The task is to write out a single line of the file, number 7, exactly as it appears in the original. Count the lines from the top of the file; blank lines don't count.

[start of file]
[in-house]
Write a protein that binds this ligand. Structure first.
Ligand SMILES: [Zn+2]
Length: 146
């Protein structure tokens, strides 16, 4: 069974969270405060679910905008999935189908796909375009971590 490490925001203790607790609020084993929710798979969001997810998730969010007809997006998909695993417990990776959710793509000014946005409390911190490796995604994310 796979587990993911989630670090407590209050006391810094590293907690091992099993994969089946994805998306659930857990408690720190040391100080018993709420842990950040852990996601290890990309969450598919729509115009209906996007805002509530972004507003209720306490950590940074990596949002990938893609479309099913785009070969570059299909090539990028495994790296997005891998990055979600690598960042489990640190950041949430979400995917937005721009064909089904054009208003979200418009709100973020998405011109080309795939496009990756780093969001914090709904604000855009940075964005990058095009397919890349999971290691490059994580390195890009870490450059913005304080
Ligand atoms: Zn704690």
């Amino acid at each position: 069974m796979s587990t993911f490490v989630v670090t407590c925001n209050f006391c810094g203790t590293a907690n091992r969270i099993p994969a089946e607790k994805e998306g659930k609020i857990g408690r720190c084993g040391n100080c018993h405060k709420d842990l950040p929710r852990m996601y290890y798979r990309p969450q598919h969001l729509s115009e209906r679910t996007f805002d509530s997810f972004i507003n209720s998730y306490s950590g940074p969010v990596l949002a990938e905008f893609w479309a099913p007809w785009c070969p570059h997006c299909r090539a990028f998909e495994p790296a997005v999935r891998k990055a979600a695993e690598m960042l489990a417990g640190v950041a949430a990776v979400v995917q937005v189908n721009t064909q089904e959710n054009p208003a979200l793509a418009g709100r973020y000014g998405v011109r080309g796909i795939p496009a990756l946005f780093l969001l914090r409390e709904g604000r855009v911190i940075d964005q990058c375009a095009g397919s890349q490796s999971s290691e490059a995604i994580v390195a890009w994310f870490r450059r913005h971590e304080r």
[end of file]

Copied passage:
């Amino acid at each position: 069974m796979s587990t993911f490490v989630v670090t407590c925001n209050f006391c810094g203790t590293a907690n091992r969270i099993p994969a089946e607790k994805e998306g659930k609020i857990g408690r720190c084993g040391n100080c018993h405060k709420d842990l950040p929710r852990m996601y290890y798979r990309p969450q598919h969001l729509s115009e209906r679910t996007f805002d509530s997810f972004i507003n209720s998730y306490s950590g940074p969010v990596l949002a990938e905008f893609w479309a099913p007809w785009c070969p570059h997006c299909r090539a990028f998909e495994p790296a997005v999935r891998k990055a979600a695993e690598m960042l489990a417990g640190v950041a949430a990776v979400v995917q937005v189908n721009t064909q089904e959710n054009p208003a979200l793509a418009g709100r973020y000014g998405v011109r080309g796909i795939p496009a990756l946005f780093l969001l914090r409390e709904g604000r855009v911190i940075d964005q990058c375009a095009g397919s890349q490796s999971s290691e490059a995604i994580v390195a890009w994310f870490r450059r913005h971590e304080r």